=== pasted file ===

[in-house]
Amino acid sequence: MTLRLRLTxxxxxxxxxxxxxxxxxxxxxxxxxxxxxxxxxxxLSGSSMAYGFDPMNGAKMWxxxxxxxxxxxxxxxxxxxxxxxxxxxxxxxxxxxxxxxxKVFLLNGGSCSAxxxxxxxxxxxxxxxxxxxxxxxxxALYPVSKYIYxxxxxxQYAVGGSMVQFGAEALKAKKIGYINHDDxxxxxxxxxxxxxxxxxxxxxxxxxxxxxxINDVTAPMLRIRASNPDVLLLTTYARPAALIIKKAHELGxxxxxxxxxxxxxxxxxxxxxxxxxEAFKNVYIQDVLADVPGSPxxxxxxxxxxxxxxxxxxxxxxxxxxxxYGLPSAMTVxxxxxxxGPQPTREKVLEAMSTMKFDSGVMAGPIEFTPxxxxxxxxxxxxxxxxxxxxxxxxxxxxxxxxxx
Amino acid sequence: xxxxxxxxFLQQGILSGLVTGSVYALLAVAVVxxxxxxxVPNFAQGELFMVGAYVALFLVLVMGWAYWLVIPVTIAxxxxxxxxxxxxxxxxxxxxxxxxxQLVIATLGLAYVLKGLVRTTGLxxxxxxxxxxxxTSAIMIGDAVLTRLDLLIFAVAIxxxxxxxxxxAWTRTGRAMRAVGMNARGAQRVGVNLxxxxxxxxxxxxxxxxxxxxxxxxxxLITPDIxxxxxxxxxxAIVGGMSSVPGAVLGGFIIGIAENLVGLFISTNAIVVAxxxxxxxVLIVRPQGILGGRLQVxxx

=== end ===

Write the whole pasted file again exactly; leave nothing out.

[in-house]
Amino acid sequence: MTLRLRLTxxxxxxxxxxxxxxxxxxxxxxxxxxxxxxxxxxxLSGSSMAYGFDPMNGAKMWxxxxxxxxxxxxxxxxxxxxxxxxxxxxxxxxxxxxxxxxKVFLLNGGSCSAxxxxxxxxxxxxxxxxxxxxxxxxxALYPVSKYIYxxxxxxQYAVGGSMVQFGAEALKAKKIGYINHDDxxxxxxxxxxxxxxxxxxxxxxxxxxxxxxINDVTAPMLRIRASNPDVLLLTTYARPAALIIKKAHELGxxxxxxxxxxxxxxxxxxxxxxxxxEAFKNVYIQDVLADVPGSPxxxxxxxxxxxxxxxxxxxxxxxxxxxxYGLPSAMTVxxxxxxxGPQPTREKVLEAMSTMKFDSGVMAGPIEFTPxxxxxxxxxxxxxxxxxxxxxxxxxxxxxxxxxx
Amino acid sequence: xxxxxxxxFLQQGILSGLVTGSVYALLAVAVVxxxxxxxVPNFAQGELFMVGAYVALFLVLVMGWAYWLVIPVTIAxxxxxxxxxxxxxxxxxxxxxxxxxQLVIATLGLAYVLKGLVRTTGLxxxxxxxxxxxxTSAIMIGDAVLTRLDLLIFAVAIxxxxxxxxxxAWTRTGRAMRAVGMNARGAQRVGVNLxxxxxxxxxxxxxxxxxxxxxxxxxxLITPDIxxxxxxxxxxAIVGGMSSVPGAVLGGFIIGIAENLVGLFISTNAIVVAxxxxxxxVLIVRPQGILGGRLQVxxx